Elevated virus loads of Kaposi's sarcoma-associated human herpesvirus 8 predict Kaposi's sarcoma disease progression, but elevated levels of human immunodeficiency virus type 1 do not.

Abstract

Kaposi's sarcoma-associated herpesvirus (KSHV) is found in Kaposi's sarcoma (KS), multicentric Castleman's disease, and primary effusion lymphomas. To prospectively evaluate KSHV load as a biomarker for KS clinical status and prognosis in a cohort of men with AIDS-related KS, 2 quantitative polymerase chain reaction (PCR) assays were developed and tested to determine KSHV peripheral blood mononuclear cell (PBMC) virus loads. Most patients (13/15) with good-prognosis KS had < or =1.5 log KSHV copies/10(5) PBMC by both quantitative competitive (QC) and real-time Applied Biosystems (ABI) PCR. Both assays provided 94% specificity for identifying the 16 patients without KS progression during 20 months of follow-up. QC-PCR and ABI-PCR exhibited 100% and 80% levels of diagnostic sensitivity, respectively, for identifying the 5 patients whose KS progressed. Neither dichotomized human immunodeficiency virus loads nor dichotomized CD4 counts predicted either KS progression or KS clinical stage (all positive predictive values < 30%). These results are evidence that the quantity of circulating KSHV in KS patients is biologically meaningful and is measurable with sufficient accuracy to provide clinically useful information.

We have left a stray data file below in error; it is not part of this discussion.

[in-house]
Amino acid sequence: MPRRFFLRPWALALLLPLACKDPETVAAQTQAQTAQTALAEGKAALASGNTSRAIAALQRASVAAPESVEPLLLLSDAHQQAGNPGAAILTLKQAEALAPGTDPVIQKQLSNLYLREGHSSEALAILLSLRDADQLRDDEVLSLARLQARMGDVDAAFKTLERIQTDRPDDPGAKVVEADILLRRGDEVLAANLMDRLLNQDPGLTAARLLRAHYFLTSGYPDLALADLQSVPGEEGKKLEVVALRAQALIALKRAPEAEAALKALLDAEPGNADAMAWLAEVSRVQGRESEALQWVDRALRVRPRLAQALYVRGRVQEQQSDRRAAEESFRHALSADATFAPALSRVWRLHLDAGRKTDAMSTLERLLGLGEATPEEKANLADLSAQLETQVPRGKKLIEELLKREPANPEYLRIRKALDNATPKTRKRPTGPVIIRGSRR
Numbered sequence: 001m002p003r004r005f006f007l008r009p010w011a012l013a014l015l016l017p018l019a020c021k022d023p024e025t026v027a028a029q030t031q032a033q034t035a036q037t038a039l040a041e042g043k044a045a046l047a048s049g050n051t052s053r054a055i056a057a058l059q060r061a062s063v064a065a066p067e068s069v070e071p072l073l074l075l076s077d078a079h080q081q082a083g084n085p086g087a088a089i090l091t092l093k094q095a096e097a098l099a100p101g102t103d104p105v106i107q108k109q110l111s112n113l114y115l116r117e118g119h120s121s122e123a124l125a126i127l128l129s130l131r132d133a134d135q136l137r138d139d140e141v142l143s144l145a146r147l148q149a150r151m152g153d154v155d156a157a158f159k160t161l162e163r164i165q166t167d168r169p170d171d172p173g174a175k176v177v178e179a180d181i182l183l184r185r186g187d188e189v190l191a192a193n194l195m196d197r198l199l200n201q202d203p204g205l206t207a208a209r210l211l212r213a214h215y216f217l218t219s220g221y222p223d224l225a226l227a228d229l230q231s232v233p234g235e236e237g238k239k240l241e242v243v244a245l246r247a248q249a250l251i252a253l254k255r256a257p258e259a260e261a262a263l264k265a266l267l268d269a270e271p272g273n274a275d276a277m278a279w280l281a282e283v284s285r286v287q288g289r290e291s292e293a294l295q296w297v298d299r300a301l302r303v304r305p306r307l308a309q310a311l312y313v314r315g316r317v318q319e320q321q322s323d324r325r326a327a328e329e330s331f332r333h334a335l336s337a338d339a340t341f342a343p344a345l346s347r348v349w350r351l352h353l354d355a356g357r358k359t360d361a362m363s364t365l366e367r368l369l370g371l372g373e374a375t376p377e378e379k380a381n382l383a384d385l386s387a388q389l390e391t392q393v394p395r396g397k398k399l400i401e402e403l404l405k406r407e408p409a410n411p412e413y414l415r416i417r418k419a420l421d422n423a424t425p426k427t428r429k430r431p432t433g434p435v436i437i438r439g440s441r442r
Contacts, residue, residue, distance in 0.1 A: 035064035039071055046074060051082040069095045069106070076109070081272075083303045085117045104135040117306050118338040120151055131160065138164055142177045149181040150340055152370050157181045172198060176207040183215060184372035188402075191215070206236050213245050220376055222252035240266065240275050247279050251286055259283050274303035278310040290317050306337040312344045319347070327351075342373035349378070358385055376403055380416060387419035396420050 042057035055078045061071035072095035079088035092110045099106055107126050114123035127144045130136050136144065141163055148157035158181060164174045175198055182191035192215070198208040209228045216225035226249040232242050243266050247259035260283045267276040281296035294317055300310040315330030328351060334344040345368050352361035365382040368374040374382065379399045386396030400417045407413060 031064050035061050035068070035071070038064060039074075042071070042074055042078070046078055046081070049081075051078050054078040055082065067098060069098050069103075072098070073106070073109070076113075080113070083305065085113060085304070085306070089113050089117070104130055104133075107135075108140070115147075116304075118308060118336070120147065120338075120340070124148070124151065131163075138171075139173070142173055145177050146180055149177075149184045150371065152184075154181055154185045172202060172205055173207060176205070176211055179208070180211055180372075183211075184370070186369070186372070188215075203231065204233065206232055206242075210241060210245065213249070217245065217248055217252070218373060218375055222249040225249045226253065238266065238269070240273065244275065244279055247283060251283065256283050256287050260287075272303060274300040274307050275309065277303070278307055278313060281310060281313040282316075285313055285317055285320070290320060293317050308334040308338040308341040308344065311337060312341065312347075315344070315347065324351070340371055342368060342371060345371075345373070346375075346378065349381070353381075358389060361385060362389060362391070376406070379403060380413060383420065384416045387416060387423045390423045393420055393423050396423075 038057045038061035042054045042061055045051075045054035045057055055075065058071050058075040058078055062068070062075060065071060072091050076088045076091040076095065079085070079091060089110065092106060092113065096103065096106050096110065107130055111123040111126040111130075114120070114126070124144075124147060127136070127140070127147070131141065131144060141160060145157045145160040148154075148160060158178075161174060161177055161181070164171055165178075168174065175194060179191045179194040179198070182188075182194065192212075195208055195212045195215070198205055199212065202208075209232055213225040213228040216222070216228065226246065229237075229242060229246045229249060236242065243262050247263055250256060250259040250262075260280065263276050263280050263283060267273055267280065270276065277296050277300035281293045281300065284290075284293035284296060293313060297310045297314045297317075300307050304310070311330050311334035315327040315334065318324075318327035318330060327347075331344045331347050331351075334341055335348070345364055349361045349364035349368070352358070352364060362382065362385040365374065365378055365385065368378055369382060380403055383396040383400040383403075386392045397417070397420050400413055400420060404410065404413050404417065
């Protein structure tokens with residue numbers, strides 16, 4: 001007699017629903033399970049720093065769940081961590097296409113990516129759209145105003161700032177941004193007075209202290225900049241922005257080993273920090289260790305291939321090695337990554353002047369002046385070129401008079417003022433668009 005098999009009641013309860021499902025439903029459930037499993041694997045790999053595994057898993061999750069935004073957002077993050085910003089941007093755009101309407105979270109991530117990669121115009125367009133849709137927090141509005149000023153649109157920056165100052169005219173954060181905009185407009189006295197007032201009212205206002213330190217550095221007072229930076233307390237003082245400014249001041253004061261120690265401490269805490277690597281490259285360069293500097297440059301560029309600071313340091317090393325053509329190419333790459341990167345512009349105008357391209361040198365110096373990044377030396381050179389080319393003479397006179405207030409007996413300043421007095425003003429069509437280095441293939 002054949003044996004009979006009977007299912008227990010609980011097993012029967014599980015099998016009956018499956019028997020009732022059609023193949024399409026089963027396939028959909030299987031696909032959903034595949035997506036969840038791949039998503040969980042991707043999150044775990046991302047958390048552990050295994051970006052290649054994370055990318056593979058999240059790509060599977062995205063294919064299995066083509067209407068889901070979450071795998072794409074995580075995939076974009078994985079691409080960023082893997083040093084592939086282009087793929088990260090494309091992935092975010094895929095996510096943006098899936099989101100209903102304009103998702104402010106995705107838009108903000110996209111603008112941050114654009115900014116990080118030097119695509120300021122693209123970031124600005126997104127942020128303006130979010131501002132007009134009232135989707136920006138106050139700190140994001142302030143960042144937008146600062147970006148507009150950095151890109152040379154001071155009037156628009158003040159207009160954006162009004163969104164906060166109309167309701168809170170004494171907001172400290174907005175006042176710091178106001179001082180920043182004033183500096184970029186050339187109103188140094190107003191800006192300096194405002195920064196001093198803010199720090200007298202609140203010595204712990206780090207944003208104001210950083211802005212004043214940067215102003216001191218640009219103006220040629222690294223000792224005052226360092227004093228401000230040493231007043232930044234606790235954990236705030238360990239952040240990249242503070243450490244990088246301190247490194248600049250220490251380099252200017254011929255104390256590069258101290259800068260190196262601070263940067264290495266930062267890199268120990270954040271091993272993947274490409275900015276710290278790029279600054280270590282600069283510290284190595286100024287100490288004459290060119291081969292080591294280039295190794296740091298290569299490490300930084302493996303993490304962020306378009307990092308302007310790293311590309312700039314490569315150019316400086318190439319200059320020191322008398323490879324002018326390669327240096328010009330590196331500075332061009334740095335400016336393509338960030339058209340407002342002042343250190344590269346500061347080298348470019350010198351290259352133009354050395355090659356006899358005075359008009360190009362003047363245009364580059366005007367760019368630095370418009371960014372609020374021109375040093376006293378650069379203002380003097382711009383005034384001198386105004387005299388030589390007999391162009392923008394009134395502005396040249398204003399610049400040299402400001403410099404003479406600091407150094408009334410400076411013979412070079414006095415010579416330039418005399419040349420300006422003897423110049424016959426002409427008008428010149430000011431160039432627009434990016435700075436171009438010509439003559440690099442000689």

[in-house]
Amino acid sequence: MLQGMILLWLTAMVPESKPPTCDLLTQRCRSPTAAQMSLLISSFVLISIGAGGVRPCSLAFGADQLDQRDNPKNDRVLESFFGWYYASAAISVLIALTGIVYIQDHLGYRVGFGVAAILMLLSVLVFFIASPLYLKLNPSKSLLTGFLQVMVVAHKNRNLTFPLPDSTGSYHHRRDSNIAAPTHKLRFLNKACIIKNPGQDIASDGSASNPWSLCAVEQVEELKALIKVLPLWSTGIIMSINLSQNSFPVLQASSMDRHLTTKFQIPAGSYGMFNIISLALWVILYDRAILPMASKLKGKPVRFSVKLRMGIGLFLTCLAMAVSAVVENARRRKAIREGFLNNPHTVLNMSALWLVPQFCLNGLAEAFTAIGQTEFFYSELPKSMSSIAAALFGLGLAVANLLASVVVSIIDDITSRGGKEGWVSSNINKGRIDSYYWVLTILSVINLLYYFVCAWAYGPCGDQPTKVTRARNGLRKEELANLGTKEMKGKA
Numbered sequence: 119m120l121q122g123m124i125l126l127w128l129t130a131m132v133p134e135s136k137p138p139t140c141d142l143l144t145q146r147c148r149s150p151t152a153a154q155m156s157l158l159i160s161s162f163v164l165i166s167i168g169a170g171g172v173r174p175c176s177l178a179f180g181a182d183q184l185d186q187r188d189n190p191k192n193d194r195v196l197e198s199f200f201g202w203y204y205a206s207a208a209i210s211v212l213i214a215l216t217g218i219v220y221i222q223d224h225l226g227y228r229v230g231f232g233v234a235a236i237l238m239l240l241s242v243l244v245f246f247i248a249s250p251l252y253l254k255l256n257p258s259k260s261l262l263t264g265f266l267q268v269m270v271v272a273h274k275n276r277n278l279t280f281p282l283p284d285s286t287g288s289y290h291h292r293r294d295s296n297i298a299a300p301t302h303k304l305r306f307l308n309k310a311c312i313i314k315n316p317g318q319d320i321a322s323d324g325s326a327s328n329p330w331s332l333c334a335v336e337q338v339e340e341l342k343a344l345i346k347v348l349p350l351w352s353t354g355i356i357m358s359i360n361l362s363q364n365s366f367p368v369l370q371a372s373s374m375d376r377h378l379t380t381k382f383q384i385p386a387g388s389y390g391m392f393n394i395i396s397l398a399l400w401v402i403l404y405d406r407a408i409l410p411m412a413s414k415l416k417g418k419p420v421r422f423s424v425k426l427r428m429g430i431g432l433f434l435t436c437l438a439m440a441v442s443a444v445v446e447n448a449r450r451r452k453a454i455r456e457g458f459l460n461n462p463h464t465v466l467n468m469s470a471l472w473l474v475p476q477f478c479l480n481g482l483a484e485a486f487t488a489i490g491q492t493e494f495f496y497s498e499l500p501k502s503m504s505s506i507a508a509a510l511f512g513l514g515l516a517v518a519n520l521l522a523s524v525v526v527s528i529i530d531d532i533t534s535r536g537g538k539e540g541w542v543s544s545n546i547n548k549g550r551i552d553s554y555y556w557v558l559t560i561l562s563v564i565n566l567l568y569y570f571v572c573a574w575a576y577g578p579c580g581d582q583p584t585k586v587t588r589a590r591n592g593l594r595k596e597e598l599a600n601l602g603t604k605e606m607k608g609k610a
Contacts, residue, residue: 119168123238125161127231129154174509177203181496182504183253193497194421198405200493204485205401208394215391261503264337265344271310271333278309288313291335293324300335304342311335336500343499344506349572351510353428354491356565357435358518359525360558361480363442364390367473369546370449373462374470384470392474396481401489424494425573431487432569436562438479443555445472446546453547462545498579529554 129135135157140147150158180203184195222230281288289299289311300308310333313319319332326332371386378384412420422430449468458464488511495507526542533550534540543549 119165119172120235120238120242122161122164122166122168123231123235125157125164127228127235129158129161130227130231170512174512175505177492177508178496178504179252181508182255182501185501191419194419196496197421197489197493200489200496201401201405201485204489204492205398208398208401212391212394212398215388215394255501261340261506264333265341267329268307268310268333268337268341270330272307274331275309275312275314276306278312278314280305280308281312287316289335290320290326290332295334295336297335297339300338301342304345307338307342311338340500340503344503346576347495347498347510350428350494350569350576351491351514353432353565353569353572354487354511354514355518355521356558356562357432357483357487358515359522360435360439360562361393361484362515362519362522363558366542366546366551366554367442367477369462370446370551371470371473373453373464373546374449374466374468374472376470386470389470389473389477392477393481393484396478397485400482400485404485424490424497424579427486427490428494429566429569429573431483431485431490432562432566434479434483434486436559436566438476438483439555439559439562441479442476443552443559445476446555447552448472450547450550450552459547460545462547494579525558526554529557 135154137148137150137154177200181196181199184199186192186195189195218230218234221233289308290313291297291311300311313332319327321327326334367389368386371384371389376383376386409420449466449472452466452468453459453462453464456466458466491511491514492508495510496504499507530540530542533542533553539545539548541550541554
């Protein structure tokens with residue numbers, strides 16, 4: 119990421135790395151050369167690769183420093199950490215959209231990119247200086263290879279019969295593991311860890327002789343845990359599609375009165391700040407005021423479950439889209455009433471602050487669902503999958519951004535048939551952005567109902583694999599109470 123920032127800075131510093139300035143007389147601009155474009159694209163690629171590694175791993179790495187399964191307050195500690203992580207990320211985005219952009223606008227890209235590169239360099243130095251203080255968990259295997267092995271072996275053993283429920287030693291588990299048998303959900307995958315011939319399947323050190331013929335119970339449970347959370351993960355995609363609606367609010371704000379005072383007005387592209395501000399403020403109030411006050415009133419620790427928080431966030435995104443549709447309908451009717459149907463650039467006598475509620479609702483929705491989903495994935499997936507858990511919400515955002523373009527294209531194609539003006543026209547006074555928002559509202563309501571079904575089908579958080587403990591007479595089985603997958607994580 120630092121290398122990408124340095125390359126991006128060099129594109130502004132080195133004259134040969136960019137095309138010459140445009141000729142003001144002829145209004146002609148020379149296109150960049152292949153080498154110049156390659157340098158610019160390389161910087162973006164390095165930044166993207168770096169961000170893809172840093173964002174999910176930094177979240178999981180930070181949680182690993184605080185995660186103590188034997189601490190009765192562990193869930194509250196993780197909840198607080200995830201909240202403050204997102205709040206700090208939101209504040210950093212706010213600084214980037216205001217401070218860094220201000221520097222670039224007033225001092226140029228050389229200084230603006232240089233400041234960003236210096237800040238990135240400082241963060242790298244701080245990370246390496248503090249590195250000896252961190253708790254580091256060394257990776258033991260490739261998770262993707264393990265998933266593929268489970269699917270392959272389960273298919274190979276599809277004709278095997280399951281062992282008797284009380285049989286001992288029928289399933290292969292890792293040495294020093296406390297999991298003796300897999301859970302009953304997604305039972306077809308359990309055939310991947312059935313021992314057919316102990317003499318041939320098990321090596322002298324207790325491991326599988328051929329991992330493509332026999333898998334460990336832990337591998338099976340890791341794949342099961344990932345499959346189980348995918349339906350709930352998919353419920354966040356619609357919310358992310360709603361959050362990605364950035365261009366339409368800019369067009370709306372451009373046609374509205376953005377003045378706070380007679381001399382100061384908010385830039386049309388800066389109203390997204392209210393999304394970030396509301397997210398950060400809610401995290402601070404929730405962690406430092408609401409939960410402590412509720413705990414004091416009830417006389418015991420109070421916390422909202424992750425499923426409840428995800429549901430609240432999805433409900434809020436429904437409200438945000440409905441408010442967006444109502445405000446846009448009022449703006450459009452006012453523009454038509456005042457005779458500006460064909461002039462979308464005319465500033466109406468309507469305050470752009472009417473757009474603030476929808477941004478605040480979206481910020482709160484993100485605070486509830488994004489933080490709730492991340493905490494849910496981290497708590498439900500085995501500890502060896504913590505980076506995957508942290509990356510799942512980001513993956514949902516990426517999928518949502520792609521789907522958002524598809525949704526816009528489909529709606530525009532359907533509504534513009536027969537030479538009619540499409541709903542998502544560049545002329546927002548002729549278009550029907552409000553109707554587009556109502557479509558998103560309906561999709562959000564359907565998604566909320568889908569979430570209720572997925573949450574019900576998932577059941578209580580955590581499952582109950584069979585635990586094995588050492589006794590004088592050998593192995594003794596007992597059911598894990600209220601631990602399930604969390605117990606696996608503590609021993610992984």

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@article{Quinlivan2002ElevatedVL, title={Elevated virus loads of Kaposi's sarcoma-associated human herpesvirus 8 predict Kaposi's sarcoma disease progression, but elevated levels of human immunodeficiency virus type 1 do not.}, author={Evelyn Byrd Quinlivan and Chuan Zhang and Paul Wilder Stewart and Chulaluk Komoltri and Michelle G Davis and Robert S Wehbie}, journal={The Journal of infectious diseases}, year={2002}, volume={185 12}, pages={1736-44} }